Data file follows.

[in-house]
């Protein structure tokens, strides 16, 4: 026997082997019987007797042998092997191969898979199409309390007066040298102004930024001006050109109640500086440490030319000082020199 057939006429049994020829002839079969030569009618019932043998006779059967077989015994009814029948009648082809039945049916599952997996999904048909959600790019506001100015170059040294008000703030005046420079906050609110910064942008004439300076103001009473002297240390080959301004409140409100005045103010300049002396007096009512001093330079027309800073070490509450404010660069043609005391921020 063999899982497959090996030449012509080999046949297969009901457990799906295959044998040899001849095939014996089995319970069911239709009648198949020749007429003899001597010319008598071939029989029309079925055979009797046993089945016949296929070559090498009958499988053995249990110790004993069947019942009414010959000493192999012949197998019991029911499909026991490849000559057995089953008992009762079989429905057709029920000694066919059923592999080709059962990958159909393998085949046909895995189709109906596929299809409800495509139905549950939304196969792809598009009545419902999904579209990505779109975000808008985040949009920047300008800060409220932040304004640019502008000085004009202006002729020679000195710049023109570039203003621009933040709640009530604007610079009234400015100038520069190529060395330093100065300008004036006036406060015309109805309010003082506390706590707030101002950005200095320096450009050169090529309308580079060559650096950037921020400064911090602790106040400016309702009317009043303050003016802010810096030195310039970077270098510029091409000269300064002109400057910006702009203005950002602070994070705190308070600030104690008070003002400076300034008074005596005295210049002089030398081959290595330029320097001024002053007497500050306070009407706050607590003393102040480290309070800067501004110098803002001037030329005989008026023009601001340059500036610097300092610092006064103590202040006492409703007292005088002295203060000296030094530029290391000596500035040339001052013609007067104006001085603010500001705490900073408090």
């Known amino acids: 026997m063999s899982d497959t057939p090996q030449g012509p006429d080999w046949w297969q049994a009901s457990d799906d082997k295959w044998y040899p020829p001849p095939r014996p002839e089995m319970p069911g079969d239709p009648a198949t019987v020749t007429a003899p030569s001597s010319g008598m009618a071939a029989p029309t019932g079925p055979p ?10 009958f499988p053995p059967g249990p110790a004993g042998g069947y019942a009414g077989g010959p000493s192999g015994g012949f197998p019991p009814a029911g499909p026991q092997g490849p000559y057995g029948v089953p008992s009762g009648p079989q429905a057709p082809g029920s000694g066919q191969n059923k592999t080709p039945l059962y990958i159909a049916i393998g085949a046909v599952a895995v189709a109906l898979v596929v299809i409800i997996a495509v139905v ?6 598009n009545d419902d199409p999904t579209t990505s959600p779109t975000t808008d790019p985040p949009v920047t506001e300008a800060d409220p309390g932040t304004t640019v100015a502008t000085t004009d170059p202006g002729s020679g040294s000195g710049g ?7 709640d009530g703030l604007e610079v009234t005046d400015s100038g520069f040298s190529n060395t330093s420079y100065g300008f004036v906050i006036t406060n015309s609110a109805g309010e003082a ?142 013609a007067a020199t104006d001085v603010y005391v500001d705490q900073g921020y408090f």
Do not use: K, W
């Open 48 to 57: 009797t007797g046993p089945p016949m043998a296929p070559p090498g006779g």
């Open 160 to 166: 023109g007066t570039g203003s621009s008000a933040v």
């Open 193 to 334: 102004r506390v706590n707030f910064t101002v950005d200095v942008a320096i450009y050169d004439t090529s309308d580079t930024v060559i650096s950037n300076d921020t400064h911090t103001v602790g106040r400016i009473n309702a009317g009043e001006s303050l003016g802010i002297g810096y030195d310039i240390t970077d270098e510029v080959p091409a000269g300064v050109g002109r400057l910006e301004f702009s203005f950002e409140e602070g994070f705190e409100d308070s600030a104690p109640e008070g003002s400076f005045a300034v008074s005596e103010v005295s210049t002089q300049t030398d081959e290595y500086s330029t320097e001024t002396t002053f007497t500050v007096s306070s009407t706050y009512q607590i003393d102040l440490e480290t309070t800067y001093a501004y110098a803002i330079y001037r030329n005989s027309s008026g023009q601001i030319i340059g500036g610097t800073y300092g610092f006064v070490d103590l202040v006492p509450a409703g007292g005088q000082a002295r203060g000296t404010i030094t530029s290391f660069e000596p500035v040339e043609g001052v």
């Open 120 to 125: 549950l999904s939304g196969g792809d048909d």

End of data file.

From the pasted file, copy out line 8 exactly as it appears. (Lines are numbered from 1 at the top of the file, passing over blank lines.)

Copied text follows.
């Open 120 to 125: 549950l999904s939304g196969g792809d048909d």